Sandra Dieckmann, a successful illustrator, maker and artist. Dieckmann has collaborated with numerous partners and been commissioned by many clients, including WWF, Etsy, Wildlife Aid, Magma Books and Anderson Press. She has an extensive list of worldwide stockists as well as selling online. From seeing her distinguishable portfolio of work you can see why Dieckmann has become so liked in the consumer market, in particular the arts and crafts circles.
I came across Dieckmann’s pop up shop in the Crafty Fox Market and was blown away by her work! (I bought every type of paper stationary she was selling) She has a lovely collection of bear prints, which seems to be the main animal she draws, along with some wolf and fox designs and the occasional cat in costume. Her work has a dreamy, nostalgic mood about it, through use of warm and harsh cold colour palettes. Some of her pieces are quite striking and border on the whimsical fantastical side of nature. Combining human and animal in strange juxtapositions and playing with their proportions – reminds me very much of fable narratives and folk tales. Inspirational work truly.
Take a Peek
I came across Rosemary Milner when I visited the Crafty Fox market, an arts and crafts market I mentioned in a previous post. Milner’s work is sparked by British nature, and historical narratives. Her designs feature British wildlife such as foxes, hares, birds and wildflowers in a range of products on her website. Her hand embroidery collection is lovely and quaint, not something that you often come across these days in professional crafting circles. I had the pleasure of meeting Rosemary herself and had a chat about the mediums she uses to produce her designs. Linocut printing being the core process she uses to create her work (a printing process that I would like to get into myself) gives her work a strong naturalistic/organic style.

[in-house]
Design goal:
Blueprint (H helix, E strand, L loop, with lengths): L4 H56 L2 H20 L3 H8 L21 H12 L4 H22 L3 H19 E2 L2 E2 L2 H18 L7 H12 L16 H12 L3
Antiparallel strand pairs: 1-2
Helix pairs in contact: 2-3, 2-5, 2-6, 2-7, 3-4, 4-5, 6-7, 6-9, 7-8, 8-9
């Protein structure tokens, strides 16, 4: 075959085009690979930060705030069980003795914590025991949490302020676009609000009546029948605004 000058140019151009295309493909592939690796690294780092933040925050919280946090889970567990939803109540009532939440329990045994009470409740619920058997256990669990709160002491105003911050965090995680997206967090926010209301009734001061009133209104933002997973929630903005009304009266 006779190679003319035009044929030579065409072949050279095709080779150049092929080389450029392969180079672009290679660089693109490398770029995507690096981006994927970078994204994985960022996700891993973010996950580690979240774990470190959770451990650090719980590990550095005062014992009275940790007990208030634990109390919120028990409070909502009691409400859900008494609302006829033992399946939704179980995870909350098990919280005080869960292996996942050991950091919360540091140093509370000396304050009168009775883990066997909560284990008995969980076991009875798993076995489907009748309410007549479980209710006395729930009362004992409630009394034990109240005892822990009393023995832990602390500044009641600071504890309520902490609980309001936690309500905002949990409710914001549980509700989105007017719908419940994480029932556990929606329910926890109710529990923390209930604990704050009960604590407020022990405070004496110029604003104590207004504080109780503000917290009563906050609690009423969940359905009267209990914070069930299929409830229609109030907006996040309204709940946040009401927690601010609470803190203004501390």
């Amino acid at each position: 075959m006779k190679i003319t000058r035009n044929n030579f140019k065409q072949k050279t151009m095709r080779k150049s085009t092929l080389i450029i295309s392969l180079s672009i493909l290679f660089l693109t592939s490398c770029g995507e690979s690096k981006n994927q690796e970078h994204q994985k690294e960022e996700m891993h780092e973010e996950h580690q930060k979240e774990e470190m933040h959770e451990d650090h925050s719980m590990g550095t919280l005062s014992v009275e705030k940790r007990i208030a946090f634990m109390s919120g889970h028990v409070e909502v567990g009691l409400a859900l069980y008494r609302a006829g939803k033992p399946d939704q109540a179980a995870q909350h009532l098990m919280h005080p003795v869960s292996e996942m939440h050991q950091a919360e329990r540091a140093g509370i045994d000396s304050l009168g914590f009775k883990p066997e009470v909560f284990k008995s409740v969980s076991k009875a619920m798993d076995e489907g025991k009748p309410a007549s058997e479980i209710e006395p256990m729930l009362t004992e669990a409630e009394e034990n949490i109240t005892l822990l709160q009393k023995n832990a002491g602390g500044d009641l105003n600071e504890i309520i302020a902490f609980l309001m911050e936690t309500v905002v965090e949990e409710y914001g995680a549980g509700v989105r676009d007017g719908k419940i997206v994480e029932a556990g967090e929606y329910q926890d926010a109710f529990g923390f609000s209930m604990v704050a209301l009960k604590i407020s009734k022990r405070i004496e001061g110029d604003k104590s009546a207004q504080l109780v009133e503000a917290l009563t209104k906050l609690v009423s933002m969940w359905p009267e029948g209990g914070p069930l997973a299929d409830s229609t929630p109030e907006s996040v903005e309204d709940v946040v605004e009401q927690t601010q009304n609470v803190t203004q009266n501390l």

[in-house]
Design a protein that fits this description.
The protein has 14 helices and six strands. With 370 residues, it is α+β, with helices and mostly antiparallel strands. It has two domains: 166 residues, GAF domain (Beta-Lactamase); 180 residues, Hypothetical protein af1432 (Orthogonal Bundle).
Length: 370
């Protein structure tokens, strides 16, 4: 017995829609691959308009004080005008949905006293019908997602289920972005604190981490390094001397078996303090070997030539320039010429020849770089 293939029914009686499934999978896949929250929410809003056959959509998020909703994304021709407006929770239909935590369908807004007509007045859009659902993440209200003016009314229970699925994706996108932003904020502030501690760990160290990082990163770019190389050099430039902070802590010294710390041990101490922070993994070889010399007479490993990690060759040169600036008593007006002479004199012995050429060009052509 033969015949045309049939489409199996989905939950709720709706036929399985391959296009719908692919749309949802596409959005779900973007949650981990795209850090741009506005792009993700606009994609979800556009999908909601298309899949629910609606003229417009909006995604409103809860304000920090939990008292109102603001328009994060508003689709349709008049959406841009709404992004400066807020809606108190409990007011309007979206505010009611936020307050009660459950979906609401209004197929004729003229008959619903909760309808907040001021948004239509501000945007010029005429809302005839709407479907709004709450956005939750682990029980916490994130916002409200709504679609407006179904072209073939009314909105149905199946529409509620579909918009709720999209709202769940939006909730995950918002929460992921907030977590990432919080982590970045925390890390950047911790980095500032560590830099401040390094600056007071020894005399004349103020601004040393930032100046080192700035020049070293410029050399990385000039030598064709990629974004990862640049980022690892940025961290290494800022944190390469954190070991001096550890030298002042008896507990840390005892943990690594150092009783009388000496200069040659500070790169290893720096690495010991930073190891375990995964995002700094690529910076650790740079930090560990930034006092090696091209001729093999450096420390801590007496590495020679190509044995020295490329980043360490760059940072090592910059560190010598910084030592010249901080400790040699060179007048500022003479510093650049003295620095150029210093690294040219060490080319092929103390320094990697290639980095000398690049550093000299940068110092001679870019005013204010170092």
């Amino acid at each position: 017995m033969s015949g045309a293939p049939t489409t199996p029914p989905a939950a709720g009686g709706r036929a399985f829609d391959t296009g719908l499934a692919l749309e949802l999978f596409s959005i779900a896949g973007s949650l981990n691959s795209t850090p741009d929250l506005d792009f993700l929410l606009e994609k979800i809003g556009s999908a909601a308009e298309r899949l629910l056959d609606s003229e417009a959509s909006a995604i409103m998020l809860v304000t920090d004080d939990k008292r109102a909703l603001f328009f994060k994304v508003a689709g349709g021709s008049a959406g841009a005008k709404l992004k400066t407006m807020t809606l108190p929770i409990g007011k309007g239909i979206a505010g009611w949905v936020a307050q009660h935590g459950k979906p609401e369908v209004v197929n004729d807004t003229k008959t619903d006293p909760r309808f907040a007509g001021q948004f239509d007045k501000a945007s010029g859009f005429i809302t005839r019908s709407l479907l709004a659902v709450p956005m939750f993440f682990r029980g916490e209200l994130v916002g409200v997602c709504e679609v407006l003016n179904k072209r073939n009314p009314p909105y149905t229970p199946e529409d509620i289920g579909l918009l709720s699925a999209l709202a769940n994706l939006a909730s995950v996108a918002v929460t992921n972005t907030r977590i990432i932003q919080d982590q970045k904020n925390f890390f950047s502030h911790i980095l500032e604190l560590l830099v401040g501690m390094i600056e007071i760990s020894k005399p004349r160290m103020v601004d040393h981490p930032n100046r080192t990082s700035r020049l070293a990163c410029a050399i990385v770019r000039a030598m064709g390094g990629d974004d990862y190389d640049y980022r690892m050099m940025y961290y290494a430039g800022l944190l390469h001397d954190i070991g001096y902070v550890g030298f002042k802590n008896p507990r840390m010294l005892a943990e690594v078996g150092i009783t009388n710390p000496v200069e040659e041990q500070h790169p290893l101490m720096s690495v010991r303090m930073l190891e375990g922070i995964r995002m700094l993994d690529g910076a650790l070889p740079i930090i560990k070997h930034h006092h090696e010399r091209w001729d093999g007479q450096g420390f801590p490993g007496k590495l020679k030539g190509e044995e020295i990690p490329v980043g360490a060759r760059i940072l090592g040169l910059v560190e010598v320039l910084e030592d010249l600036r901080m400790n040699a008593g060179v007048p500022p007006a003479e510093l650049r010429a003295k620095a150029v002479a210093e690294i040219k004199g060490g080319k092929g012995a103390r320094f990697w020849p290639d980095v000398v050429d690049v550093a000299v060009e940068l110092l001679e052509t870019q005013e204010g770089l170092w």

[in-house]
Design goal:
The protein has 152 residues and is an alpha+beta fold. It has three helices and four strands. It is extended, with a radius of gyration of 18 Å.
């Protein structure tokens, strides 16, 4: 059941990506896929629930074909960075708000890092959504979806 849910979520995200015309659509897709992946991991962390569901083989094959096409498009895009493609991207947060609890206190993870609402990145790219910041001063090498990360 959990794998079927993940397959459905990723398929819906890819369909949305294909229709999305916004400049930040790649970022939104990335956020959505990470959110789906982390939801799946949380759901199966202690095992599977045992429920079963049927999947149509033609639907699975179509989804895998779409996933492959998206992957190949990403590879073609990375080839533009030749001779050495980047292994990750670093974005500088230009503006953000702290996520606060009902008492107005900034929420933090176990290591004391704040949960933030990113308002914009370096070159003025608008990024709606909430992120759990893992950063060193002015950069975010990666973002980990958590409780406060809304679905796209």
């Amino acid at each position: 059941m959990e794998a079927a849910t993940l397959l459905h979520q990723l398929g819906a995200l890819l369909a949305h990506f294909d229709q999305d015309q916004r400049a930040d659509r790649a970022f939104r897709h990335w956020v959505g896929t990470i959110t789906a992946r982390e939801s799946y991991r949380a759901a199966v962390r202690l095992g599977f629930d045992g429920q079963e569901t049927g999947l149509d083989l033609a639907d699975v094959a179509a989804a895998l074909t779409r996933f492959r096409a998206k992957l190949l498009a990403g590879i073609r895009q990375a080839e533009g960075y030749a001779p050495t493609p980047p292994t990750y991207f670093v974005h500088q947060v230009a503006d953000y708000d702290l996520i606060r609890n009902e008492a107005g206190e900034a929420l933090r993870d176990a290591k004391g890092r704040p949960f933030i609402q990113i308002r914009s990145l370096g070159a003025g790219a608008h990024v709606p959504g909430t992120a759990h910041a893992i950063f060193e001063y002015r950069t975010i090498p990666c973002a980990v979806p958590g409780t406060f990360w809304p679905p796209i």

Take a Look
There are quite a few design and trade markets happening these next autumn months in London where lots of creative individuals and designers will be showcasing their products. I will be going to the London Design Festival this weekend in Shoreditch where there will be over 80 unique designer-makers and artists showcasing, so excited! I have taken several peeks at who is going to be trading, thought I should feature this cool artist Hannah Rampley who’s work caught my eye straight away.
Hannah Rampley, textile designer and illustrator graduated from Leeds College of Art and since then has been commissioned by some big names in the fashion and food industry, since her drawings are food focused, specifically fruit. Her prints start off from detailed, botanical drawings of fruit that she screen prints into vibrant neon patterns.You can browse through Rampley’s portfolio on her website, I like her ‘Visionary Utopia’ collection which is of futuristic hybrid fruits she has designed and printed into inspiring patterns (see below). Can’t wait to see her work in person!